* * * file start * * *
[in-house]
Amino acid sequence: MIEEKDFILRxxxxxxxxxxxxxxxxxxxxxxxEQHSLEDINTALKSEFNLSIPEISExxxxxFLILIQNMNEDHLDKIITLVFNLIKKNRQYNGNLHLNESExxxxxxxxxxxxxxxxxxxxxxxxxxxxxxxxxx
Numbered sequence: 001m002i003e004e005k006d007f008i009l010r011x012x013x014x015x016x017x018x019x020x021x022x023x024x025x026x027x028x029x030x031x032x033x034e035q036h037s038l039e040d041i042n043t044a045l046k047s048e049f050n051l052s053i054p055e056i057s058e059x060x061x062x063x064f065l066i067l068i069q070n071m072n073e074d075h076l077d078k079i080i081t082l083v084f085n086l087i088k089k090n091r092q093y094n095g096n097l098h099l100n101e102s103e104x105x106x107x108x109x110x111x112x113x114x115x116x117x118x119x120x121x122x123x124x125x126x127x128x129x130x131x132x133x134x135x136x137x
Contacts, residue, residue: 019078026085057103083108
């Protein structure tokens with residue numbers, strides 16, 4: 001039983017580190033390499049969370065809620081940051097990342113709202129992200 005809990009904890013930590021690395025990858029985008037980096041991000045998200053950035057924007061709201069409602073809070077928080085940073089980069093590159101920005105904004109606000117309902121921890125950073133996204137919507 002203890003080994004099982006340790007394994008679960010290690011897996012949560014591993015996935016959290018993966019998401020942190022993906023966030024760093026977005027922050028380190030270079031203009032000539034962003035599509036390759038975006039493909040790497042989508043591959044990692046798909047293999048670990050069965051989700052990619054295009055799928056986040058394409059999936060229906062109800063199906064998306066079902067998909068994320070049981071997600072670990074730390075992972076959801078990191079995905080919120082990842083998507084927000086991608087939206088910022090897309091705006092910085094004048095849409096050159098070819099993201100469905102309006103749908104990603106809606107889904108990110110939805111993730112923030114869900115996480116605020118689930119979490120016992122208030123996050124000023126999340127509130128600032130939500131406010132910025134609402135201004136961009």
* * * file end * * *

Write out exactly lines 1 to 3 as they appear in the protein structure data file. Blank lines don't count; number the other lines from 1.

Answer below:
[in-house]
Amino acid sequence: MIEEKDFILRxxxxxxxxxxxxxxxxxxxxxxxEQHSLEDINTALKSEFNLSIPEISExxxxxFLILIQNMNEDHLDKIITLVFNLIKKNRQYNGNLHLNESExxxxxxxxxxxxxxxxxxxxxxxxxxxxxxxxxx
Numbered sequence: 001m002i003e004e005k006d007f008i009l010r011x012x013x014x015x016x017x018x019x020x021x022x023x024x025x026x027x028x029x030x031x032x033x034e035q036h037s038l039e040d041i042n043t044a045l046k047s048e049f050n051l052s053i054p055e056i057s058e059x060x061x062x063x064f065l066i067l068i069q070n071m072n073e074d075h076l077d078k079i080i081t082l083v084f085n086l087i088k089k090n091r092q093y094n095g096n097l098h099l100n101e102s103e104x105x106x107x108x109x110x111x112x113x114x115x116x117x118x119x120x121x122x123x124x125x126x127x128x129x130x131x132x133x134x135x136x137x